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Self-Regulation and Human ProgressHow Society Gains When We Govern Less$
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Evan Osborne

Print publication date: 2018

Print ISBN-13: 9780804796446

Published to Stanford Scholarship Online: May 2018

DOI: 10.11126/stanford/9780804796446.001.0001

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Getting There

Getting There

The Long Road to Self-Regulation

(p.13) Chapter 2 Getting There
Self-Regulation and Human Progress

Evan Osborne

Stanford University Press

Almost as long there has been a human species, we have formed societies based on the principle of political regulation. There is a small cadre of leaders often assumed to have the right to order the lives of other members of society, supported by a current monopoly of armaments. While not universal, this pattern has been the norm since the agricultural revolution. In particular, it is argued that the idea of continuous social improvement was hardly known in ancient civilizations. Only in the late Renaissance did a pattern of thought evolve that indicated that it is better to see the pattern and outcomes of human social systems as progressing, with such systems capable under certain circumstances of regulating themselves to better effect than outsiders could hope to regulate them.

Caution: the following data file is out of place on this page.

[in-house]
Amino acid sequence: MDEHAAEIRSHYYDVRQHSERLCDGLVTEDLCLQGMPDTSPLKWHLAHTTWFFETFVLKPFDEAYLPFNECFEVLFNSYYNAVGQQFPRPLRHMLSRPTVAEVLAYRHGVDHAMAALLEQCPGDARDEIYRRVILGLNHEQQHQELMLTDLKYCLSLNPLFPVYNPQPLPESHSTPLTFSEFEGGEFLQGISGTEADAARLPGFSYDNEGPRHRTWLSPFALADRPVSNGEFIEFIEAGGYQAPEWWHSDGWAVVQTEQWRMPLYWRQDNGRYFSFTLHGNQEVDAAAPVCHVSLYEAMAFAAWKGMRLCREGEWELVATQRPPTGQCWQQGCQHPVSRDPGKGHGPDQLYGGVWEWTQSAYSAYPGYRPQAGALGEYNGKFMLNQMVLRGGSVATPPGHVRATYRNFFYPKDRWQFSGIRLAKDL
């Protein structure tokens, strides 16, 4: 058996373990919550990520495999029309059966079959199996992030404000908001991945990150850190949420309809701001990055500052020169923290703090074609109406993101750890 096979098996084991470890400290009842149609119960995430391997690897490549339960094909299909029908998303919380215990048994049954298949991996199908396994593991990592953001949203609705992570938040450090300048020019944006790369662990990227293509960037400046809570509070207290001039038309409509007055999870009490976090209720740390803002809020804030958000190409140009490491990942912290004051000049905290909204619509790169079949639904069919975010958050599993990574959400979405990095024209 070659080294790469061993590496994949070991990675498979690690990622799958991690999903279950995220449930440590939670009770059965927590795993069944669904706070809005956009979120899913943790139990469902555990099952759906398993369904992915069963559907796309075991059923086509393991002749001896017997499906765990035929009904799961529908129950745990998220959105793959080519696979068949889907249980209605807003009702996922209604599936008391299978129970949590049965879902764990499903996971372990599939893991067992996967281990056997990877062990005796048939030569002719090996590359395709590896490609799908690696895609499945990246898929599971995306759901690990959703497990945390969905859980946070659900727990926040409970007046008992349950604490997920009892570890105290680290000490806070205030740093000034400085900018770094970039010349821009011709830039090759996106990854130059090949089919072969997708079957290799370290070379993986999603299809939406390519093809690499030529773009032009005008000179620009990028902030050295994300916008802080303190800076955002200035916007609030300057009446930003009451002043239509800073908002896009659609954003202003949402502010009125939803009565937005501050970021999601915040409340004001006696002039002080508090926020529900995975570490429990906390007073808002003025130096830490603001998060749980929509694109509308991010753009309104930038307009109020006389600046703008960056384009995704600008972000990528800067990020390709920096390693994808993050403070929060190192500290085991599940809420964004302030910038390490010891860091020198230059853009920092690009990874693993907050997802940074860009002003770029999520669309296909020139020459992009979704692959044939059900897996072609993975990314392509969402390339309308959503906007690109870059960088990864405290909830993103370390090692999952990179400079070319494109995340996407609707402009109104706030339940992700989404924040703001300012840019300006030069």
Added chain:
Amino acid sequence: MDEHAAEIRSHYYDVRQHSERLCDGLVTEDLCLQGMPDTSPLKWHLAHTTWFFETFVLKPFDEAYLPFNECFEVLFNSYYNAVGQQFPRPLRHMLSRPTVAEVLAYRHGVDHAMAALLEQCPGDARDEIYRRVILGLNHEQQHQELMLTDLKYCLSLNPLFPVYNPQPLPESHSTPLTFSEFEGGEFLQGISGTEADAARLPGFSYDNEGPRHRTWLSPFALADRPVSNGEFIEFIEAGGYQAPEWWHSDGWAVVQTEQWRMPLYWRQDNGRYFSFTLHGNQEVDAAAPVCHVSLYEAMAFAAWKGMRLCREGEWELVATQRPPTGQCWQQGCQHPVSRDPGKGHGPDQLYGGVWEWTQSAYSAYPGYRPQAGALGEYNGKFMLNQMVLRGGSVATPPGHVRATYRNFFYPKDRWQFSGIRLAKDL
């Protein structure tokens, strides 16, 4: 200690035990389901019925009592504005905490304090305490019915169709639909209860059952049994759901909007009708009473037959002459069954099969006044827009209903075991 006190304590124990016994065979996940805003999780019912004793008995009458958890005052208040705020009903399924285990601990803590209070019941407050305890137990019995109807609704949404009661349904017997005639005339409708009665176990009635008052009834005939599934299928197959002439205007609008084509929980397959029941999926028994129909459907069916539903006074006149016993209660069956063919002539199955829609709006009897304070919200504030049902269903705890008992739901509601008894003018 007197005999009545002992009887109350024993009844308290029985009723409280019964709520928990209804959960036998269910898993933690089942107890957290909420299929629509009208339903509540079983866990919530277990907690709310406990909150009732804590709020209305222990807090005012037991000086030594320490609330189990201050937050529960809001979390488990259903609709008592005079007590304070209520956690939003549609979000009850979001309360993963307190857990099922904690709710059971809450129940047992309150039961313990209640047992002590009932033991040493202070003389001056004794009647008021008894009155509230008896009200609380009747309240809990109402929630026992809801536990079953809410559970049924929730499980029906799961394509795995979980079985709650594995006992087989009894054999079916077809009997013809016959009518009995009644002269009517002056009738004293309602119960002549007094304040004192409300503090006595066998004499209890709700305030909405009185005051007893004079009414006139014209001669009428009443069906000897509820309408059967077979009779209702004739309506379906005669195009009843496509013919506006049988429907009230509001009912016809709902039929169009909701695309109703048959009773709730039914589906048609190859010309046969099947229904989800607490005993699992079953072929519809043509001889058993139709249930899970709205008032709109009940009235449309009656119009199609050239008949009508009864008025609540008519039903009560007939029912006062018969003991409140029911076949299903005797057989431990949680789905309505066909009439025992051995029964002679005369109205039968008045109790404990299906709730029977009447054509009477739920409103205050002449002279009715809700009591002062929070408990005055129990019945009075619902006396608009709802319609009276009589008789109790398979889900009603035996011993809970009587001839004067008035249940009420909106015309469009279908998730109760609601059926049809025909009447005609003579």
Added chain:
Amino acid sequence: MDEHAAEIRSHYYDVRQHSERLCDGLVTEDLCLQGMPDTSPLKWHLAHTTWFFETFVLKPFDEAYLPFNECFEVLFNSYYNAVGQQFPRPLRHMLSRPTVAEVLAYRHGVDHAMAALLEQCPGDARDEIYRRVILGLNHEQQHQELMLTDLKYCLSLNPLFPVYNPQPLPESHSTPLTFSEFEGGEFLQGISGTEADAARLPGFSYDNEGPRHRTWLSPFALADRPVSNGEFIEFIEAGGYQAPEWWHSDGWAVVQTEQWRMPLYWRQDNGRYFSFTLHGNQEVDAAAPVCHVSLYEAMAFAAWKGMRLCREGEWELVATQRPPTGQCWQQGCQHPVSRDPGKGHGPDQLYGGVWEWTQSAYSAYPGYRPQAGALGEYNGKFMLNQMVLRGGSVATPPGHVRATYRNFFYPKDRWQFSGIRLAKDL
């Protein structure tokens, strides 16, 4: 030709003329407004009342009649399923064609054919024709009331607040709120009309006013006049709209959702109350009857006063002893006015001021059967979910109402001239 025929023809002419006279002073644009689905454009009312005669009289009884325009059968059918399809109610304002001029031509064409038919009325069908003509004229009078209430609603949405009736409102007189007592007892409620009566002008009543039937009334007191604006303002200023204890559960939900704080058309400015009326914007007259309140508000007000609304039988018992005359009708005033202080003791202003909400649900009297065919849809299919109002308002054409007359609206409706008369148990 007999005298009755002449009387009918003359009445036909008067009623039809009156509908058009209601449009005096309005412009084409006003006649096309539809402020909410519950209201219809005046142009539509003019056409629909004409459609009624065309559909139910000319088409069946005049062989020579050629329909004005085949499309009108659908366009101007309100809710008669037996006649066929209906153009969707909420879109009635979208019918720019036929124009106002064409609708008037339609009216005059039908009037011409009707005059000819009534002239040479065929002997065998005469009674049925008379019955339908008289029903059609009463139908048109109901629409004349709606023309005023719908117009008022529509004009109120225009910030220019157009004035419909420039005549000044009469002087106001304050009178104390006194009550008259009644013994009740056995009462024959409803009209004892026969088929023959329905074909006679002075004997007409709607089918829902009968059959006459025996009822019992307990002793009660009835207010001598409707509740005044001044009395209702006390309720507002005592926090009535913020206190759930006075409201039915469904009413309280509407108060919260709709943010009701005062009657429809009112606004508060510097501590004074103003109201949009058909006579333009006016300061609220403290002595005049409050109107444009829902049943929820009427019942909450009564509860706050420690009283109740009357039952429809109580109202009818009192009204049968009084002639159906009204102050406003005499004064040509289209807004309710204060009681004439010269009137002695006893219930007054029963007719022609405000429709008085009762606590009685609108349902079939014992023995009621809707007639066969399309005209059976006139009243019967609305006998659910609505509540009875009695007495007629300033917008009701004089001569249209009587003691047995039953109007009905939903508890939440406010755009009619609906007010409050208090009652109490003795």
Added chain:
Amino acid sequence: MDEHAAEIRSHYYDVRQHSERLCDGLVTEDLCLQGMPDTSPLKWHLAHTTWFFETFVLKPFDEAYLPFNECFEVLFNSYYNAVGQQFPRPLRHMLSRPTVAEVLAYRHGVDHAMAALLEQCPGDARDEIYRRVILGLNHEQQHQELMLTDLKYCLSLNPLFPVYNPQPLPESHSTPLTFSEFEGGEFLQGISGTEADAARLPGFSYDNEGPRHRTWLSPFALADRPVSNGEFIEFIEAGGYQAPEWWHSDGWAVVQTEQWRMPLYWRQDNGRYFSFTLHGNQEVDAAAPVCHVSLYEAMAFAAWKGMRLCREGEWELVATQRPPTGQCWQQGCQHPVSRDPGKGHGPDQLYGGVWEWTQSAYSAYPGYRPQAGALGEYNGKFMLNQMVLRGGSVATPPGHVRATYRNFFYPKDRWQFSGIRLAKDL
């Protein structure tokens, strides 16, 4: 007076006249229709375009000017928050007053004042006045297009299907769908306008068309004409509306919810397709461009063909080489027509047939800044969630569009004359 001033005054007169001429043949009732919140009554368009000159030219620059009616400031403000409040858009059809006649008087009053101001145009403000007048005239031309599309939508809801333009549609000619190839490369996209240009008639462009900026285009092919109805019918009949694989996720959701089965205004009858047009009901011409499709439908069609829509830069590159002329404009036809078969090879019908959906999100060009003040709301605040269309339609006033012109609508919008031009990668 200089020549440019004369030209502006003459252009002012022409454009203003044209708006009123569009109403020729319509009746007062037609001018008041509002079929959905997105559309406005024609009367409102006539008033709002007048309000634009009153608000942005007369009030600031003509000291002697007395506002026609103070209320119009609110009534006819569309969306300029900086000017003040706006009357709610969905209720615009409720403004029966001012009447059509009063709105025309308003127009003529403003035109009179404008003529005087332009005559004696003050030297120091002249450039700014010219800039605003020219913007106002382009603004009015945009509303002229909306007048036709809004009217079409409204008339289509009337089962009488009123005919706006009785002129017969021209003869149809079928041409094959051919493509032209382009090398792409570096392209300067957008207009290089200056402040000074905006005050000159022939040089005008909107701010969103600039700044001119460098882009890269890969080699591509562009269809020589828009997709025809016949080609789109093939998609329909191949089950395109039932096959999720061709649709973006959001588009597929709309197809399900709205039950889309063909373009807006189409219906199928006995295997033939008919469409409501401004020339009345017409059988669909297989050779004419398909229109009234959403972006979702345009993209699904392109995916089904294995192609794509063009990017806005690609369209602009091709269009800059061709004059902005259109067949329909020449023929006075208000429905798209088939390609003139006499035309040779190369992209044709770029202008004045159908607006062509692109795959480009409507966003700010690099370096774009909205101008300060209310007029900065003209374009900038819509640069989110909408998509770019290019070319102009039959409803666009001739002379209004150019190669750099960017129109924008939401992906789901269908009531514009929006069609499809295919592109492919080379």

Keywords:   intellectual history, human evolution, agricultural revolution, Aquinas, Montesquieu, Hegel

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